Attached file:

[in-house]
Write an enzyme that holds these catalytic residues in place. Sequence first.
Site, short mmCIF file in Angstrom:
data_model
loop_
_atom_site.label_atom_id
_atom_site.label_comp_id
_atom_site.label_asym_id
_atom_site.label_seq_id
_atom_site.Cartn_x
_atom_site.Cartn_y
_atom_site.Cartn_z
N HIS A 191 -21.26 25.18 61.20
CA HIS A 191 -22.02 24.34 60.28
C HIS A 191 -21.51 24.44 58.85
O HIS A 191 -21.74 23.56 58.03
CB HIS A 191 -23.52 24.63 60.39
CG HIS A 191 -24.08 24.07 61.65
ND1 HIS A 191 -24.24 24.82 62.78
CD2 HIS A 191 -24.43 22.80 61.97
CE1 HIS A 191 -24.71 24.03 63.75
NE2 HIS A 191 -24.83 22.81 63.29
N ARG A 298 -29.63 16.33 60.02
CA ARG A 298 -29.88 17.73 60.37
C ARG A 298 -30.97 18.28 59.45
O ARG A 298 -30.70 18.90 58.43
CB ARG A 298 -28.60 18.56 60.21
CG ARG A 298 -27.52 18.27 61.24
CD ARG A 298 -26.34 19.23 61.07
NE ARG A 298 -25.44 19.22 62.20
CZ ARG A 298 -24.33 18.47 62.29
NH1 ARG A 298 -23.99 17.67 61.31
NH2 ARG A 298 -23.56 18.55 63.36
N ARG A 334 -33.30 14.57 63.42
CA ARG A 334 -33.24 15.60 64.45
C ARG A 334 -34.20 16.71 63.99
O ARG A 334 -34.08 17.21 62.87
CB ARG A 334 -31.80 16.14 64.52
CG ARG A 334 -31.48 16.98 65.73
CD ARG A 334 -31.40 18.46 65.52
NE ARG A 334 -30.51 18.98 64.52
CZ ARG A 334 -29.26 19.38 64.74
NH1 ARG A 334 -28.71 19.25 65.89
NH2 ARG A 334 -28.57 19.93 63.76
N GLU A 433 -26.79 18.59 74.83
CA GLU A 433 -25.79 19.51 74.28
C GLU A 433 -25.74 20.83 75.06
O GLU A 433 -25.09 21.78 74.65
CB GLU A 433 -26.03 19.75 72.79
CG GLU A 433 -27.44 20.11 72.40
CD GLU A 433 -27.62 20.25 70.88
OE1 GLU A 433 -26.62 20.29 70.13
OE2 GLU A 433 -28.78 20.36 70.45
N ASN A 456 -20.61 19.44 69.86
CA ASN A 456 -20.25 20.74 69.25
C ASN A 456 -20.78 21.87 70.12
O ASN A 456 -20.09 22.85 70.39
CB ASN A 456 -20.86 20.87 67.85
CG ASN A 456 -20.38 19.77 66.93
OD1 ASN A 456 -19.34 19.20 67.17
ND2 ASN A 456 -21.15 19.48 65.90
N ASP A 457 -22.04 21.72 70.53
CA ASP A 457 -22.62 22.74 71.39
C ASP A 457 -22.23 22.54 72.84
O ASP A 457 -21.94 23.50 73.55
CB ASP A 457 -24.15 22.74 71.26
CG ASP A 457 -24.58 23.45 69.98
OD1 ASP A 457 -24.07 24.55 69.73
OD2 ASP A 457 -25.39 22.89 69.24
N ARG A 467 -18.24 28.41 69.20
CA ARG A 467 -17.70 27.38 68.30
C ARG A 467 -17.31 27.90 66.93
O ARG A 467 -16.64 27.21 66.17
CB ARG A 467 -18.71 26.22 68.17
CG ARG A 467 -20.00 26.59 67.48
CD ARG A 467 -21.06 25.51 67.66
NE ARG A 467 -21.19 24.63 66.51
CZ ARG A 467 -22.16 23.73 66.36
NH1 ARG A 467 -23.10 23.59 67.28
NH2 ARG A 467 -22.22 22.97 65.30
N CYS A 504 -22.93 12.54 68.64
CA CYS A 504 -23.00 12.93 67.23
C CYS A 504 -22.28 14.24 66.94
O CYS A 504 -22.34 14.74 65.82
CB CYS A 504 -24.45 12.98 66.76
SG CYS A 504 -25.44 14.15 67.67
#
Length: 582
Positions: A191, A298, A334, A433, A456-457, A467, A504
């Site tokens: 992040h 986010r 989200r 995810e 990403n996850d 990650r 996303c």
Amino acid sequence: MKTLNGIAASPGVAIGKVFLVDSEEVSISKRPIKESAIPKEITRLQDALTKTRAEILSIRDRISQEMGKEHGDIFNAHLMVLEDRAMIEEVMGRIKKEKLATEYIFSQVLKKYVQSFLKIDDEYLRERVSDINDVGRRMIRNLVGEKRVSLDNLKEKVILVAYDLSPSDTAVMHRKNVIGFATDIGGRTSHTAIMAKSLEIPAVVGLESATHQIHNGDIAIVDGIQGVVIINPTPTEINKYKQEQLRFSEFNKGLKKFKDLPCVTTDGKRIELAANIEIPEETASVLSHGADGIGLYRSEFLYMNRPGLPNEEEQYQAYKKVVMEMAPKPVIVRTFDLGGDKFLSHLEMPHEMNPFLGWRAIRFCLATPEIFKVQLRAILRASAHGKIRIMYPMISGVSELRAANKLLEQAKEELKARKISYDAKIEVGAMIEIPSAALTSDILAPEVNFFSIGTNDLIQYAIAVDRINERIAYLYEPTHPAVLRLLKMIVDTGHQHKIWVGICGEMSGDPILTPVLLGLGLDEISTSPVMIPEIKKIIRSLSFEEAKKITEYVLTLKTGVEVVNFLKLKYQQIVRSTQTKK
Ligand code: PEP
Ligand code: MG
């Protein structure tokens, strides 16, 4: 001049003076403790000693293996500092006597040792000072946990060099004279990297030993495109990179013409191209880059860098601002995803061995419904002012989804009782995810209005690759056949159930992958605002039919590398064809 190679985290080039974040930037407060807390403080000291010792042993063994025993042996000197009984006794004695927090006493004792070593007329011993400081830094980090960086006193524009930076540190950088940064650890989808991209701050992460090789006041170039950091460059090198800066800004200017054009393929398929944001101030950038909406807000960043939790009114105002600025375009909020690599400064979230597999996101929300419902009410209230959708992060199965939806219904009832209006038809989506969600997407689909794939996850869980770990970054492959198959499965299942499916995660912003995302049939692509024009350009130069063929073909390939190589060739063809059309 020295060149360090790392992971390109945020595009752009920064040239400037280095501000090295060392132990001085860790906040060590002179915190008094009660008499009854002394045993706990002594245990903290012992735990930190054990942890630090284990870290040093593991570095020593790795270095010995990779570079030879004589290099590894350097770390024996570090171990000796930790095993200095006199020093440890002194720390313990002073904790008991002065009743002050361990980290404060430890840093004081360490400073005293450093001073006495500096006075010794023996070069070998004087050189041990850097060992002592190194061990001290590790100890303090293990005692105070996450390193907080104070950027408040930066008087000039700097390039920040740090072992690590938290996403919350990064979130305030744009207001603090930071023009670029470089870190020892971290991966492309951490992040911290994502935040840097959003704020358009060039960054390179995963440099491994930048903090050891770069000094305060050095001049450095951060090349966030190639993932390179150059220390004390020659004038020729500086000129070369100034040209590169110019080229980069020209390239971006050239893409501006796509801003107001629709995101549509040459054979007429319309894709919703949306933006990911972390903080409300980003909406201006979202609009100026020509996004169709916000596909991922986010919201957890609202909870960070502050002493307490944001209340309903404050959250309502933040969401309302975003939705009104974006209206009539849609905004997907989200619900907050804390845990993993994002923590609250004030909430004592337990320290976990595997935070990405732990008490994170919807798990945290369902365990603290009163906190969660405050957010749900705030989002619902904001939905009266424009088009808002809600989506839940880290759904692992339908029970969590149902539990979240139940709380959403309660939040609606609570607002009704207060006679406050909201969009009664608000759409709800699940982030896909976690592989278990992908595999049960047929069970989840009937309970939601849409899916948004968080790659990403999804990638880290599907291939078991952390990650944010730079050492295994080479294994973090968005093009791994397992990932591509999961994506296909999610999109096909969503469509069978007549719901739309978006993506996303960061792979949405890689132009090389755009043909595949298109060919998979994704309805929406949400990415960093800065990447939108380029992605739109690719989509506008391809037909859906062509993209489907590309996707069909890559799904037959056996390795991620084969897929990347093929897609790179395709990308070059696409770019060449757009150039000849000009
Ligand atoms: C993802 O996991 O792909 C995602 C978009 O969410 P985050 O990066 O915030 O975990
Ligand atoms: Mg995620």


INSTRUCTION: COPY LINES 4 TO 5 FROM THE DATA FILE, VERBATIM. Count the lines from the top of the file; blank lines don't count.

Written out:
data_model
loop_